Principium Volume II, Book 8, Quote 850, 852, and 855

850. (8-4-2010) (On Competition)ATJ By dividing the whole circulation into a great number of parts, the failure of any one company, an accident which, in the course of things, must sometimes happen, becomes of less consequence to the public. This free competition, too, obliges all…to be more liberal in their dealings with their customers, lest their rivals should carry them away. In general, if any branch of trade, or any division of labour [sic], be advantageous to the public, the freer and more general the competition, it will always be the more so.

- Adam Smith – The Wealth of Nations, 1776


852. (8-04-2010) Both productive and unproductive labourers [sic], and those who do not labour at all, are all equally maintained by the annual produce of the land and labour of the country. This produce, how great soever [sic], can never be infinite, but must have certain limits. According therefore, as a smaller or greater proportion of it is in any one year employed in maintaining unproductive hands, the more in the one case and the less in the other will remain for the productive, and the next year’s produce will be greater or smaller accordingly; the whole annual produce, if we except the spontaneous productions of the earth, being the effect of productive labour.

- Adam Smith – The Wealth of Nations, 1776


855. (8-5-2010) (The effect of using capital to encourage the production of something of value.)ATJ In mercantile and manufacturing towns, where the inferior ranks of people are chiefly maintained by the employment of capital, they are in general industrious, sober, and thriving;…In those towns which are principally supported by the constant or occasional residence of a court, and in which the inferior ranks of people are chiefly maintained by the spending of revenue, they are in general idle, dissolute, and poor; as at Rome, Versailles….[T]here is little trade or industry in any of the parliament towns…and the inferior ranks of people, being chiefly maintained by the expense of the members of the courts of justice, and of those who come to plead before them, are in general idle and poor.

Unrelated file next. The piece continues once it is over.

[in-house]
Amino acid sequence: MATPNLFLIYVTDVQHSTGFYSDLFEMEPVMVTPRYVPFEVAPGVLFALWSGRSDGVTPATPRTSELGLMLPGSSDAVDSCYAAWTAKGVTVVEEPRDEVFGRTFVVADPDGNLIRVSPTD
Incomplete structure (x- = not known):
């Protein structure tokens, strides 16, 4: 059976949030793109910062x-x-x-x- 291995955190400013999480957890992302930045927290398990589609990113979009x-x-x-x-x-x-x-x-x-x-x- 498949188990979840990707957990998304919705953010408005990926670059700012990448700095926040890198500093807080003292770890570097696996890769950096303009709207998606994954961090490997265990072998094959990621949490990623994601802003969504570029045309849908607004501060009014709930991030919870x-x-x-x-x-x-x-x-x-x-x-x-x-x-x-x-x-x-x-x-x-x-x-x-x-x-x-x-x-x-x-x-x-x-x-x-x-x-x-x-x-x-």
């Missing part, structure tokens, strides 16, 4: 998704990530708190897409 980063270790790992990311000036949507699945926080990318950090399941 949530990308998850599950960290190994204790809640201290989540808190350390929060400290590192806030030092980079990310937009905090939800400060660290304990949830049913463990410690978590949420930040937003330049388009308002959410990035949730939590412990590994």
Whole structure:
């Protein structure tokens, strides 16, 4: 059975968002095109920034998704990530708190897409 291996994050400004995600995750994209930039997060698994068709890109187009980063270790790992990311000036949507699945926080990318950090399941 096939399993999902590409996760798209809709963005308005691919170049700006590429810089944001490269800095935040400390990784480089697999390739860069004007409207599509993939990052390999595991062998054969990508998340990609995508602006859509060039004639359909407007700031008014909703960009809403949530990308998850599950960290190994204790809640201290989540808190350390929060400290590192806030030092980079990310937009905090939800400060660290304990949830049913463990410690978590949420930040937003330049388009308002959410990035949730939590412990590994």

- Adam Smith – The Wealth of Nations, 1776

(This is very interesting when we consider it in context to Washington D.C. today and that of Rome. We look at Rome from this distance in the future and we see such opulent architecture, buildings, roads, and palaces of grandeur. What we may and often do not learn is that Roman grandeur was built off the taxation of the productive masses of their empire not by the produce of Rome itself. Compare that with Washington D.C., with its fantastic buildings and boulevards, again built by the taxes of the people of the United States, but the poverty and idleness of the inhabitants of that city is known.)ATJ

(I know this book is filled with old language and you might be thinking that this may be hard to understand at times, but it lays the foundation for the future economic study of Milton Friedman and Ludwig Von Mises and even Thomas Sowell, who are so much easier to comprehend, just stick with it.)ATJ

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